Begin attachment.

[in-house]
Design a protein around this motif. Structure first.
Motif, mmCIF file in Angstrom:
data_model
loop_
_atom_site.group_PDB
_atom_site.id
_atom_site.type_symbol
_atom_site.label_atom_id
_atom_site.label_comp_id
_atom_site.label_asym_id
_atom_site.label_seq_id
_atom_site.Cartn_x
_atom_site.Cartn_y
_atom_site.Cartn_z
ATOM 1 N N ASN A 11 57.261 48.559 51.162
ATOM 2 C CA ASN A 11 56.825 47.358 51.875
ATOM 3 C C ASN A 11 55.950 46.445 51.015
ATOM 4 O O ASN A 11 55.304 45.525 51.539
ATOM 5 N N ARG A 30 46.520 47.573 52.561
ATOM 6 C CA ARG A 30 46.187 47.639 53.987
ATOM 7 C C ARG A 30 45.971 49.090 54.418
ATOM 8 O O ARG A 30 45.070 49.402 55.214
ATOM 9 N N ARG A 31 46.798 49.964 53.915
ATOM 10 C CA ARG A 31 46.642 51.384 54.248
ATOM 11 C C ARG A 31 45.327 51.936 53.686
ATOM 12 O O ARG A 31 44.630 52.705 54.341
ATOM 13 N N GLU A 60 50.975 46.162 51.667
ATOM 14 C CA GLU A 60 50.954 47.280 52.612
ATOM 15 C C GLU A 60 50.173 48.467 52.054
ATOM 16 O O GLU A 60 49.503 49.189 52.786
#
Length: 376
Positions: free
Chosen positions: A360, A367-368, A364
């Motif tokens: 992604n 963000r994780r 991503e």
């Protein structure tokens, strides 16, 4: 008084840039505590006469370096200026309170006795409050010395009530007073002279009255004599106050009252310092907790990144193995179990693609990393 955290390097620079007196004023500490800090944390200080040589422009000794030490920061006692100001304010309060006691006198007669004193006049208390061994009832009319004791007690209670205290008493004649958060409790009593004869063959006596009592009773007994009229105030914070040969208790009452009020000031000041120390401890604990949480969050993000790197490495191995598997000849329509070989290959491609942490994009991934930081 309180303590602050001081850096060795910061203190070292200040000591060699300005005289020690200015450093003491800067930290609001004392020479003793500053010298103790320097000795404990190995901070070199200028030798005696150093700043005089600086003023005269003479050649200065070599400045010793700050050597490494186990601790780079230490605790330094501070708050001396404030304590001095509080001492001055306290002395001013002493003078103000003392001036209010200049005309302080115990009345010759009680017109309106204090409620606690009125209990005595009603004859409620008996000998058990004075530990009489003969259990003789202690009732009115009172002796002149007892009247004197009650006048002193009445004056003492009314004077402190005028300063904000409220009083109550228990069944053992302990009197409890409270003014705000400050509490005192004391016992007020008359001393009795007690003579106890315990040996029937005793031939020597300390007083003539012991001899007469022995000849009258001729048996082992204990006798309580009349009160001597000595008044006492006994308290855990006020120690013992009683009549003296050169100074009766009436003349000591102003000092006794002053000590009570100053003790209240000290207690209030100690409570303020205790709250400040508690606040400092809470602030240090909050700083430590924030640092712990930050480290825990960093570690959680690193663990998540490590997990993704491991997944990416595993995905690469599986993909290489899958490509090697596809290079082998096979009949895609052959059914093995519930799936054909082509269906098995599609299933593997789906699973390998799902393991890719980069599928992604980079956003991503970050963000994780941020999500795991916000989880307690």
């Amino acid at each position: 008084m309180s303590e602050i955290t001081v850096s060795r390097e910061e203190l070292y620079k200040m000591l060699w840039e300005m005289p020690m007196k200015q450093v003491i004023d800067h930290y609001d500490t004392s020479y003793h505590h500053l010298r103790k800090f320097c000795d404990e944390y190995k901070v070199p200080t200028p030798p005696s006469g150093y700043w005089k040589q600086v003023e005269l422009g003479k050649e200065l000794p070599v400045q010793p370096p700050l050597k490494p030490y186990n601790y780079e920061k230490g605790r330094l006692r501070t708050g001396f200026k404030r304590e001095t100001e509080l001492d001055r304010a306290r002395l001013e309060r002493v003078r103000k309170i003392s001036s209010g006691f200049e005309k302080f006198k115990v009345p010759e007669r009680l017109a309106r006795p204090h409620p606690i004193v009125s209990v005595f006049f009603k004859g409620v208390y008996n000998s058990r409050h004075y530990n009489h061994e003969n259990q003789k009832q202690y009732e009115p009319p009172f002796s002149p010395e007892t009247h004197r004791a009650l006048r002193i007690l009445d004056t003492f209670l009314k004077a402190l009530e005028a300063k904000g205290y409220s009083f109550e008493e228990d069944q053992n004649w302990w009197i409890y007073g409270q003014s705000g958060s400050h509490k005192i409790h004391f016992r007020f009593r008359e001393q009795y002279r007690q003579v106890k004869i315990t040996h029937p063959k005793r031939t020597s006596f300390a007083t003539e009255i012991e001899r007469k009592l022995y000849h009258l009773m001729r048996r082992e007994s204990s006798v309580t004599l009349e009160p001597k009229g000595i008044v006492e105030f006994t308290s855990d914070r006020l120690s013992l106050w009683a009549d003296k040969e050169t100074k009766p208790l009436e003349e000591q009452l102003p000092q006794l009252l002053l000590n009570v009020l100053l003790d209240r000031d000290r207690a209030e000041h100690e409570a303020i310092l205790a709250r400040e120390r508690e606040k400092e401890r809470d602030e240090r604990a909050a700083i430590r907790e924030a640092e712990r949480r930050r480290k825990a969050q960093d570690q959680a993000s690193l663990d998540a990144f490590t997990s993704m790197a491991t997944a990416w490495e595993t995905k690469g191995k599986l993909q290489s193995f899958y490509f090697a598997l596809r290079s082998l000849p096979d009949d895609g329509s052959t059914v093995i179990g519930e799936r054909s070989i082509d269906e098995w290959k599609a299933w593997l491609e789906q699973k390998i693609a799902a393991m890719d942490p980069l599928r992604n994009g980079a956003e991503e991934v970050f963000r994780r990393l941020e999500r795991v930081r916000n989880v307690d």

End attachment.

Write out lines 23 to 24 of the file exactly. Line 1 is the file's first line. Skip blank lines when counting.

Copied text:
ATOM 8 O O ARG A 30 45.070 49.402 55.214
ATOM 9 N N ARG A 31 46.798 49.964 53.915